Practice Hospitality

Last year was particularly challenging for us at St. Clare’s. In 2015 we wadded through an unusual amount of grief, saying good-bye to friends, family, and long-time parishioners.

In addition, time-tested programs did not receive the level of attention they normally are given. We generated new, life-giving programs and while met with enthusiasm, participation as a whole was lack-luster.

It seems reflective of the mood engendered in the year: painful, challenging, and difficult.

It’s difficult to get out of rut and even more tempting to stay in it. However, I believe the Holy Spirit calls us to greater things. Henri Frederic Amiel (1821-1881) said the following and I concur: “Life is short, and we do not have too much time to gladden the hearts of those who travel the way with us. So be swift to love, and make haste to be kind.”

Good words but how do we do that?

Jenn Chinn who is program manager for Charlotte’s Place (A community of worship) has written “7 Hard Truths about the Practice of Hospitality” which I think provide excellent boundaries not only in extending hospitality but moving towards a joy-filled life.

Consider these then a “New Years Resolution” your own particular commitment towards greater joy in your own life, the lives of others, and our community of faith.

Here is what she says:

  1. There will be someone you don’t really want to welcome walking through your door at least once a day. This is human—which is not to say you shrug your shoulders and ignore it. Acknowledge it, cut yourself some slack, and say hello.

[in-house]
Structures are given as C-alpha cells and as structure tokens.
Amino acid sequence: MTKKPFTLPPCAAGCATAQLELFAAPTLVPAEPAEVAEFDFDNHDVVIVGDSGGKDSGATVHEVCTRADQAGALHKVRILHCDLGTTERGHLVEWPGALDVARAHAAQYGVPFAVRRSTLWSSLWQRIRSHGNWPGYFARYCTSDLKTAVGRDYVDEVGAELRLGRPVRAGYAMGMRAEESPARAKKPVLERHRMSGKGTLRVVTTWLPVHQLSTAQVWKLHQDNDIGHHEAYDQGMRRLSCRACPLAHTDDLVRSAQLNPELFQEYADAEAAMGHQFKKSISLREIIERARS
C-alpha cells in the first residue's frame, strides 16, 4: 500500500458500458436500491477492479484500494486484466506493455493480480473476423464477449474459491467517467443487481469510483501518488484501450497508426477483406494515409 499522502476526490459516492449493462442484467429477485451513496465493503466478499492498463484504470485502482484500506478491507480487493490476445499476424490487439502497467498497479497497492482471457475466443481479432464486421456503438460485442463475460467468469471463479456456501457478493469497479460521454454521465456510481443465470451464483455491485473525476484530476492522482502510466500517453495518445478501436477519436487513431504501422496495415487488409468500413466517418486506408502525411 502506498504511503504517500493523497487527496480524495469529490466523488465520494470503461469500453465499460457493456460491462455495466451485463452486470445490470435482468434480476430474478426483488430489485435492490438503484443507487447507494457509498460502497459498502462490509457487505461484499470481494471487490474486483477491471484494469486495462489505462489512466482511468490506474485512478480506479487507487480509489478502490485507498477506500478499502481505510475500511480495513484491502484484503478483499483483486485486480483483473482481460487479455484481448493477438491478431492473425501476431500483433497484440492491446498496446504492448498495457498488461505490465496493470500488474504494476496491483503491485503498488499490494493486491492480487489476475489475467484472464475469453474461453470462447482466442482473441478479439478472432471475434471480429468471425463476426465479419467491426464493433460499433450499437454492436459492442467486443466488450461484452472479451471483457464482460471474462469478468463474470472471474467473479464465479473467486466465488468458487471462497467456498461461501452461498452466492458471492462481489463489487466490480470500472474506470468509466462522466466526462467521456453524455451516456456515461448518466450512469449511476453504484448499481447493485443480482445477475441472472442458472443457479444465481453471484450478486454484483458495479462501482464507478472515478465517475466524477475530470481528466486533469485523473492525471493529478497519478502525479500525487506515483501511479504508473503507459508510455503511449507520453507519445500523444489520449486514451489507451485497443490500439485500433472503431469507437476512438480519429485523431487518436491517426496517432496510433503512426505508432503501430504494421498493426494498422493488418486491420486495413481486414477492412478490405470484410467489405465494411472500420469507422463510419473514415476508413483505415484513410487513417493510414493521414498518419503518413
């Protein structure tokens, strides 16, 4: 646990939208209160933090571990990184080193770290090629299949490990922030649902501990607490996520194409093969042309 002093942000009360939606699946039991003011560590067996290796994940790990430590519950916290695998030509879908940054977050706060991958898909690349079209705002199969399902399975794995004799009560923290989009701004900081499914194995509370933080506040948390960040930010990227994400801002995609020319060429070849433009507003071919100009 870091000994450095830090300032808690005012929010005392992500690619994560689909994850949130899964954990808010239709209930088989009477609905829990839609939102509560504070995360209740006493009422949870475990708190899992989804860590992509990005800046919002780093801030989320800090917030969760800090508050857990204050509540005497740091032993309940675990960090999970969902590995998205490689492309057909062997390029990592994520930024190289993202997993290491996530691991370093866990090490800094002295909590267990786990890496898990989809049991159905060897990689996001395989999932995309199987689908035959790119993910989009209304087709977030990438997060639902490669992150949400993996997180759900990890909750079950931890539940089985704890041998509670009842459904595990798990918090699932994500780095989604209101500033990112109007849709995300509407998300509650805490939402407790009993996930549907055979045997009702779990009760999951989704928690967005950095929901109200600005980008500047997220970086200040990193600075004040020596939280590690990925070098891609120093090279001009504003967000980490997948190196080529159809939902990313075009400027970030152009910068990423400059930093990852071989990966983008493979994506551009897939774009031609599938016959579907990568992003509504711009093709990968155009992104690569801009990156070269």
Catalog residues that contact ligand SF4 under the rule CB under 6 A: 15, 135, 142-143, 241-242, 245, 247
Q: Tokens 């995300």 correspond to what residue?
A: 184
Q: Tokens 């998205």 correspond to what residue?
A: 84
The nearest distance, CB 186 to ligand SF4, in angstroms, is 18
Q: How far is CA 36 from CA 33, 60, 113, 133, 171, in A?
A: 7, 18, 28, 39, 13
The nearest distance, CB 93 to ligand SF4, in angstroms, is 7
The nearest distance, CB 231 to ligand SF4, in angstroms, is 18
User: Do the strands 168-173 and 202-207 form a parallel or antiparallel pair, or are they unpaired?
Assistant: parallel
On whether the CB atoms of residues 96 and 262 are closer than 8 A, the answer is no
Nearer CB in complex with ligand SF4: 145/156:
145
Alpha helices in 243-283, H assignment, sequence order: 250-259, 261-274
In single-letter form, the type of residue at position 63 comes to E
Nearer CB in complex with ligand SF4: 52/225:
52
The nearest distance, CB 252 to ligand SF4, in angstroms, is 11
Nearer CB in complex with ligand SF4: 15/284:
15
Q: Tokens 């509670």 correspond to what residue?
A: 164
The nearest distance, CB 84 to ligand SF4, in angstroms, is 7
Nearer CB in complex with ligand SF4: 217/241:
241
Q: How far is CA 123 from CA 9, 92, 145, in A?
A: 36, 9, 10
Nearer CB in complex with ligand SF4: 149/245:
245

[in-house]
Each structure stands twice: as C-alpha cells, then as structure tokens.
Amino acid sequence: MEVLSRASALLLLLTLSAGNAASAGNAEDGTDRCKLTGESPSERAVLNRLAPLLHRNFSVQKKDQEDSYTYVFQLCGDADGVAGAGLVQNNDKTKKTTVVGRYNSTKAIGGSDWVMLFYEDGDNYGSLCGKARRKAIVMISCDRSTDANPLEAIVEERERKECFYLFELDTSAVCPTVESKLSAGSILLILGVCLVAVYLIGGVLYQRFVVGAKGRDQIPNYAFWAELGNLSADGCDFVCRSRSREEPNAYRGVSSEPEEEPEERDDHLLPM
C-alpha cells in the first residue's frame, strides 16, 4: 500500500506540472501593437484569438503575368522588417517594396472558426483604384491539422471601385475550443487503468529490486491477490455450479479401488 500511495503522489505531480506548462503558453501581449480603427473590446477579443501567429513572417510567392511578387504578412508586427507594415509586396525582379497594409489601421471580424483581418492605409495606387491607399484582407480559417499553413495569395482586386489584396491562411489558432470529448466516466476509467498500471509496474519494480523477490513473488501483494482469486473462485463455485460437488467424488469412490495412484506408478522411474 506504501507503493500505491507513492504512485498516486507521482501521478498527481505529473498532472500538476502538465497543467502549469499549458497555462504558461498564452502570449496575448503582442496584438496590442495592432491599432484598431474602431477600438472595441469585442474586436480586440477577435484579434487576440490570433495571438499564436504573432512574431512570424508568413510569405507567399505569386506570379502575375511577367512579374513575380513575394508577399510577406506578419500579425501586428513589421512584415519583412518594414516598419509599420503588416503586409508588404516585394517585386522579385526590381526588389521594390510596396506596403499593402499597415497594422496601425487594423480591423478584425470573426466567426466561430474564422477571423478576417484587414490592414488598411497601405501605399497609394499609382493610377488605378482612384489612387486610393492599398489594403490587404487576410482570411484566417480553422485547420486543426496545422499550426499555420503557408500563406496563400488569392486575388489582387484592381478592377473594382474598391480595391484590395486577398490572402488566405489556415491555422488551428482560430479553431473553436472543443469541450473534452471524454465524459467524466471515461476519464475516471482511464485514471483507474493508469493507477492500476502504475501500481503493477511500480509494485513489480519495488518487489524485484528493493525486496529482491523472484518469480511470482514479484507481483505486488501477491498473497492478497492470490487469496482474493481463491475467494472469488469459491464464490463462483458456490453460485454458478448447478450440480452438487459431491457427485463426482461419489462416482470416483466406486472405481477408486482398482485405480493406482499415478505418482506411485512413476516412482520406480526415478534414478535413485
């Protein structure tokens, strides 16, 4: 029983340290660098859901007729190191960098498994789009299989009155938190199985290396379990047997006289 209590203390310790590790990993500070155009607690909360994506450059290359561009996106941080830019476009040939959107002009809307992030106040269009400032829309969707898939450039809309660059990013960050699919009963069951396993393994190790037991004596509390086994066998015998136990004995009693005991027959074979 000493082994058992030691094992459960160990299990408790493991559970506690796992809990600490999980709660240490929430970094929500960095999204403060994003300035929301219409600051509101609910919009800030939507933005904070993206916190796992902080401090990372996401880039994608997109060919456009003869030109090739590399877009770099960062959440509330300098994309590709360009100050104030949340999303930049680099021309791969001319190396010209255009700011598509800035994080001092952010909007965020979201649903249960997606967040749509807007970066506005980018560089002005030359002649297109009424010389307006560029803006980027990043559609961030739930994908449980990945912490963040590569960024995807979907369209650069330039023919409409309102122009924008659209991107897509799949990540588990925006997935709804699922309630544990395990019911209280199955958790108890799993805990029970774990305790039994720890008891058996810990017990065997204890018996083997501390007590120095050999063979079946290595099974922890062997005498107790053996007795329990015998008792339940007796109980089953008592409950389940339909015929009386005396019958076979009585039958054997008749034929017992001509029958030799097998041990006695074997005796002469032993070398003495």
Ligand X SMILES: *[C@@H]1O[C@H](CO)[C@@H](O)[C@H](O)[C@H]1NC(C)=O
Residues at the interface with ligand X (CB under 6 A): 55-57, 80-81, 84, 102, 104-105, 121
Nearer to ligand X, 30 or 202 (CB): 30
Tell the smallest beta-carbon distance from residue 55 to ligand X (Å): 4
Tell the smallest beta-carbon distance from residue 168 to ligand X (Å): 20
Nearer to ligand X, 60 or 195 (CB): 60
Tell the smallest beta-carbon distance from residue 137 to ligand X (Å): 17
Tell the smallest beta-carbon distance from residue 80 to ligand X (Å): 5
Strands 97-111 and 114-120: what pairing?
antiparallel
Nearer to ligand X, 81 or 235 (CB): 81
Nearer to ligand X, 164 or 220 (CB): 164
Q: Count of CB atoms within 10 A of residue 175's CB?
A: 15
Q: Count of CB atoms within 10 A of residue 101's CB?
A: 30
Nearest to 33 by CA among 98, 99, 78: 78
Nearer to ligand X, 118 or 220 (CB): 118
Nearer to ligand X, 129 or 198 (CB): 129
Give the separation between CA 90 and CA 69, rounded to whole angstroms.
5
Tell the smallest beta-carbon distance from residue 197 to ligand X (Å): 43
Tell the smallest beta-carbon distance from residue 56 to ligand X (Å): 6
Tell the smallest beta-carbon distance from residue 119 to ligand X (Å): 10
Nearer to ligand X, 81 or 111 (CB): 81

2. Never kick someone out of your heart. But you can ask them to leave the space.
  3. Self-forgiveness is non-negotiable. As a wise priest once told me, “You are not perfect, but you are divine.” You will make mistakes. Tomorrow is a new day.
  4. Setting rules, boundaries, and limitations is not easy, especially when you see people in need. But remember, the people in need will benefit from the peace and well-being that is created in the space by the rules you established.
  5. The power of your hospitality will not always be seen in the moment. A warm, heartfelt welcome is a gift that can be difficult for some to receive. Have faith. Keep showing up. Hospitality is, above all, a practice.
  6. Everyone deserves beauty. Providing that for another is part of the practice.
  7. Everyone likes to help. Never be totally ready for the party. Receiving gifts is part of hospitality too.

Yours for the reign of God,

Ron